When each band member knows what song is next, the show will run much smoother.
You can properly time your set.
You’ll learn how to make the show flow and reduce or eliminate “dead-air.”
You’ll be able to go back over it and review what worked and what didn’t work.
There is a definite art to constructing a good set list – especially one that works well over and over again. When it’s done correctly, you’ll consider keys, tempos, genres, and especially – your audience, and put it in an order that makes sense.
The primary objective is to take people on a ride by dictating the mood in the room with the way you put your sets together. Creating and utilizing great segues and medleys is also a must to keep things moving and to keep the crowd engaged. With practice and tweaking, you can come up with brilliant set lists that make your band look like pros.
This is perhaps one of the most crucial aspects of your live show. There are many factors to consider including your genre, the ability of the musicians in the band, the venue, and the type of gigs you are playing.
The priority here, of course, is to make sure that the crowd is enjoying the show. If someone has walked into the room where you’re performing, they’ll be much more likely to stay if they like the songs you’re playing. You’ll never be able to please everyone, so you want to focus on what the majority of people want to hear. It’s important to always remember that you are not playing for you, but rather, you’re playing for the people that are listening to you.
As previously mentioned, your show and song list should be catered to the people in attendance. If you have a regular following, you should have a good idea of the kind of music that they expect to hear you play. Just like a company that has a physical product that they are looking to sell, your band has to have an intimate understanding of what the people want.
One of the best ways to determine the preferences of the crowd is to simply talk to them individually. Ask them what they like and don’t like, why they like you, and how they think you could improve. Quite often, you won’t even have to ask, and people will just voluntarily offer up information. Your job in this case is to simply pay attention and take it all in. Then you can process what you have to work with and base your presentation on what will yield the best results for everyone involved.
GigSalad is the largest entertainment booking platform in the U.S. and Canada. This marketplace connects event hosts with entertainment. GigSalad can help you do what you love. www.GigSalad.com
For more information on IAMA (International Acoustic Music Awards), go to: http://www.inacoustic.com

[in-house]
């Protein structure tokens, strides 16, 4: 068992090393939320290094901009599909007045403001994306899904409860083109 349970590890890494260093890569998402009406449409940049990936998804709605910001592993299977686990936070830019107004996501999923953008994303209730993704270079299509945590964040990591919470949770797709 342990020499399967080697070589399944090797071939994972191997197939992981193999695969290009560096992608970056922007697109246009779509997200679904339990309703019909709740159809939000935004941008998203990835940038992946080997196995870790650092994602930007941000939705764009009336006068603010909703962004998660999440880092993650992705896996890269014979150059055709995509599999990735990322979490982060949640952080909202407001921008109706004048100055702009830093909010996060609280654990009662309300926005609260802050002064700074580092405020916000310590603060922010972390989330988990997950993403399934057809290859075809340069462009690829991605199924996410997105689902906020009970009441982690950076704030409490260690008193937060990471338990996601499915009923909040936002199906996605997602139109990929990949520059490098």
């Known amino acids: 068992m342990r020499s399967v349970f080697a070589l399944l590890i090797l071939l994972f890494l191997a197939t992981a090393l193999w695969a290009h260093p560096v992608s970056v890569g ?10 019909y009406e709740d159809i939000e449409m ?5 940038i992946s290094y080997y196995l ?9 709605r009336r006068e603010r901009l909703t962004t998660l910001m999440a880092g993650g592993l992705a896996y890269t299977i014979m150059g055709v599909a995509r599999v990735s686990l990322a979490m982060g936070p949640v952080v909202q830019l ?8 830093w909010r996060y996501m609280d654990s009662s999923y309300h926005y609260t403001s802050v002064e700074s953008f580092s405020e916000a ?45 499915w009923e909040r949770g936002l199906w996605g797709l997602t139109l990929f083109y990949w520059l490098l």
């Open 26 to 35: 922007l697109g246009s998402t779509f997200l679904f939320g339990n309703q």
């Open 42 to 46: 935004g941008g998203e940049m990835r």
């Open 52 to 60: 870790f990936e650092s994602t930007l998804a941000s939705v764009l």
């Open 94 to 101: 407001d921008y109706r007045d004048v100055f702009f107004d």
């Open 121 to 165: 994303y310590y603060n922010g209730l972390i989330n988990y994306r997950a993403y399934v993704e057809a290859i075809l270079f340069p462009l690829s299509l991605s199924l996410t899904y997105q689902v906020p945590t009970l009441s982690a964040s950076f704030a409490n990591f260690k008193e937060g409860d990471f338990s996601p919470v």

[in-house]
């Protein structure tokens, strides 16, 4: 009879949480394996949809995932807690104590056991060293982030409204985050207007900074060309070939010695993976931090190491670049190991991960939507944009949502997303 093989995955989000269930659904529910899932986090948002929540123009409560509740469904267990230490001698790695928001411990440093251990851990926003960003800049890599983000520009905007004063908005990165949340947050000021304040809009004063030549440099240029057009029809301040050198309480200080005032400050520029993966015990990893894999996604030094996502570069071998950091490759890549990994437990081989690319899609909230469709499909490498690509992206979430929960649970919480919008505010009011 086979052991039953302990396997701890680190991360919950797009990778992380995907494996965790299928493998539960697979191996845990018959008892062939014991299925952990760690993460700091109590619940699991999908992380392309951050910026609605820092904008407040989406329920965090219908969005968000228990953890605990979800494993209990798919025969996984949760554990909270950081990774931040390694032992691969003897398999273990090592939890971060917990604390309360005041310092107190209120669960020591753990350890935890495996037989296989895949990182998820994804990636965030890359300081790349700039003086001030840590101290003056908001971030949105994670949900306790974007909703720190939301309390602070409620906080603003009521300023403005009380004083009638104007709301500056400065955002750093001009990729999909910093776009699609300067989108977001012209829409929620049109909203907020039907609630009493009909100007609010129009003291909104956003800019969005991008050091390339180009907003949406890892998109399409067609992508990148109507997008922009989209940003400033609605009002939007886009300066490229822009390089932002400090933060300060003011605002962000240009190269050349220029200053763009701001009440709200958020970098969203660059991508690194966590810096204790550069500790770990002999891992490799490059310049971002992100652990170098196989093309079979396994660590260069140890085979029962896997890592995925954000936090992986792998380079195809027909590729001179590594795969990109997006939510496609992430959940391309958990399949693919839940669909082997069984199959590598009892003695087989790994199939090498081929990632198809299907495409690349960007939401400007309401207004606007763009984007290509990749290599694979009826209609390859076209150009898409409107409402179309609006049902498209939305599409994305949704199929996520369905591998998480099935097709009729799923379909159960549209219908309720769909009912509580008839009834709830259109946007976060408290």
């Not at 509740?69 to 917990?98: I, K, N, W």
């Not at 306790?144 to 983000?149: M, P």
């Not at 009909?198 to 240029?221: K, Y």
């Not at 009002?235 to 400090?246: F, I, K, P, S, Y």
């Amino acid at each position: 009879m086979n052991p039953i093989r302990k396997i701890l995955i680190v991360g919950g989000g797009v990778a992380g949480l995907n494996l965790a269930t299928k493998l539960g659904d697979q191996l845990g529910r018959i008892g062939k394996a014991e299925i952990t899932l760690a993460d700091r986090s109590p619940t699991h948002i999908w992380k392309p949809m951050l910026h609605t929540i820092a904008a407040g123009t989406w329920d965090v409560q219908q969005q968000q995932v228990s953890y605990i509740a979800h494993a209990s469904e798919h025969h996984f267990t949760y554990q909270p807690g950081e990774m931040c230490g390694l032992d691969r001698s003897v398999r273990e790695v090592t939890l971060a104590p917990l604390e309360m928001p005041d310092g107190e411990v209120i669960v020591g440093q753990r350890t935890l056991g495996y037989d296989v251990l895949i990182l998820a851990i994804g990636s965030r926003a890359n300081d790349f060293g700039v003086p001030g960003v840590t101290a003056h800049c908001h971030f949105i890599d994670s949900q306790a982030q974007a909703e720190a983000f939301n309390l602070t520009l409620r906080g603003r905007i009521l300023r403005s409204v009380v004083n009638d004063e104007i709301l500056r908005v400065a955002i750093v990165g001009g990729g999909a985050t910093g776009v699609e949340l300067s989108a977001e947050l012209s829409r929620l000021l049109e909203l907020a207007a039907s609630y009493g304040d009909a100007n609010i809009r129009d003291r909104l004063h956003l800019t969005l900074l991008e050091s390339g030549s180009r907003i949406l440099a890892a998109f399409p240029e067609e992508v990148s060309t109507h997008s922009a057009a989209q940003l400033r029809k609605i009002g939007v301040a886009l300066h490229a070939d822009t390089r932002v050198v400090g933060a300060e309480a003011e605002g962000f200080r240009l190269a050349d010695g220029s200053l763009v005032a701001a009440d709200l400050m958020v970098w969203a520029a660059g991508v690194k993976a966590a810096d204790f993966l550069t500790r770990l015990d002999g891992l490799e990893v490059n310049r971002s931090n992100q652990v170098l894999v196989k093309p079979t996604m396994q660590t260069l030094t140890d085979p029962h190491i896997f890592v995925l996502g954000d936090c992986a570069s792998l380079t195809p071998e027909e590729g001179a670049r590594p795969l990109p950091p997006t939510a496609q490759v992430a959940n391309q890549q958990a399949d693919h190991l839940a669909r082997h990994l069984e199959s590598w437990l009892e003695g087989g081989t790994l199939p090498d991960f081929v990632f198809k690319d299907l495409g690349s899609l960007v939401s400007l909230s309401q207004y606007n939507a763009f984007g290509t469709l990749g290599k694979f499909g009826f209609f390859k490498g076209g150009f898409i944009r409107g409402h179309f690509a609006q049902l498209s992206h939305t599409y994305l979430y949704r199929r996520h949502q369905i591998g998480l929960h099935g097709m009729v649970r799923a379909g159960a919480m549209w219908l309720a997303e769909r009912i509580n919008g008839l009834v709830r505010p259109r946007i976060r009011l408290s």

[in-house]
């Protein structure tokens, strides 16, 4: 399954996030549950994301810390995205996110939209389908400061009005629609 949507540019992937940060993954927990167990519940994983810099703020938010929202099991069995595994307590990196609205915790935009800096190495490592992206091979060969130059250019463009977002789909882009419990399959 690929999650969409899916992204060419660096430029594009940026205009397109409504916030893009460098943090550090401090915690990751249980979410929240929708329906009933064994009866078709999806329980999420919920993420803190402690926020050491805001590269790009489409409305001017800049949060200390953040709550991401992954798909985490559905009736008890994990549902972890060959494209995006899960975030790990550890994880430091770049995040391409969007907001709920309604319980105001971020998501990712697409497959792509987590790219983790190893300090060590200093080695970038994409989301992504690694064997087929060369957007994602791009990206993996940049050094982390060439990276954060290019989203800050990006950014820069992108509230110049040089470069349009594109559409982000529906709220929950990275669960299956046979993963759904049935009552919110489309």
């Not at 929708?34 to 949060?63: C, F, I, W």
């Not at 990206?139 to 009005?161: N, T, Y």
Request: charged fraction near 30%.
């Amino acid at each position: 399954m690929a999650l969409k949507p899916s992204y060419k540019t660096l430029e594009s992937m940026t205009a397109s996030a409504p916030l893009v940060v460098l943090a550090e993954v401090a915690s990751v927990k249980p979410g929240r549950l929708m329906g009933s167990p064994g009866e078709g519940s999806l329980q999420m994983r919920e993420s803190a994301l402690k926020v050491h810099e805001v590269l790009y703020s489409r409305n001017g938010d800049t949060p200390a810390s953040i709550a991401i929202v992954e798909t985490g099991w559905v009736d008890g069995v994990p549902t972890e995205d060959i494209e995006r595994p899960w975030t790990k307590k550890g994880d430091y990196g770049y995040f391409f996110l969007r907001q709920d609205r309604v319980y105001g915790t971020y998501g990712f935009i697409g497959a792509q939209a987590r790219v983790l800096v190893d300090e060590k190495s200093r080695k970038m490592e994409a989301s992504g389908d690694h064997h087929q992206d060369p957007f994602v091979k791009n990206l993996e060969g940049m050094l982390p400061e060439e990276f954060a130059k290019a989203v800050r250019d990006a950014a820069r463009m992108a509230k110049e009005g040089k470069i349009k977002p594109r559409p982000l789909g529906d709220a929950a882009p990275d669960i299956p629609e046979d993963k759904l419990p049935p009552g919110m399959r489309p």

by Kari Estrin
There’s lots of advice on how to have a successful career in music, but in the end, knowing these five tips will give you a “leg up.”. Of course, each of us may define what success is differently – but however you define it, these tips will also help you chart a steadier course along the way.
1) BE AN AUTHENTIC ARTIST
One of the best ways to stand out from the crowd is to be individual, be true to what special talents you have, what you’re writing and your vocal style. Although some artists may imitate others, your best shot (unless you’re into tribute bands) is in developing your own unique sound.
2) CRAFT YOUR ART
Sometimes the best song you ever wrote happened in five minutes with no edits. That is a gift from the muse, but that’s not always the usual case. Don’t be afraid to edit your songs to make them even better, take voice lessons if you need to hit the notes the way you’d like, or beef up your instrumental work with lessons when you’re starting out. Do what it takes to refine your sound by editing, rewriting, resigning and of course, practice. Reach out for help and expertise – it’s all around you and some of it is free for the finding!
3) DEFINE YOUR IMAGE/BRANDING
You may have written songs that are jazz, blues, pop, singer/songwriter and country, but just because you have all that talent, know what are you trying to project to your audience? It’s great to be multi-talented and to occasionally throw something atypical into a set artfully, but with so many choices of talent, you need to have a sound and image that people will instantly recognize as yours. Otherwise, you’ll dilute your appeal and have a harder time standing out above the crowd.
4) DEFINE YOUR AUDIENCE/WHO DOES YOUR MUSIC APPEAL TO?
Do you understand who comes to see you and if so, do you know can you reach them? Is Instagram or Twitter the social media your audience prefer – or are your fans mostly on Facebook? Knowing your audience, the medium that they will respond to in order to engage them to come to live shows, sell your music and reach them on an emotional level is important.
5) BE BOTH PROFESSIONAL AND SHARP IN YOUR BUSINESS:
Arrive at gigs on time and prepared; thank those who work with you or do your sound, serve the drinks or do your backstage catering and let them know you appreciate them. When you’re starting out and even after you “make” it, making those around you comfortable and valued goes a long way to your longevity in business. But learn your business as well – there are resources, including info on the ‘net to help you know the best way to negotiate a contract, how to deal with conflict, what are common music business practices, etc. There are plenty of people who might want to take advantage of you in the business, so if you know more about best how it works and are savvy, you’ll be more protected. Although many bands we may worship have/had a lot of that “bad boy” image – trashing hotel rooms, demanding those brown M & M’s,that’s generally not the smartest way to think you’ll advance yourself or survive in the business these days!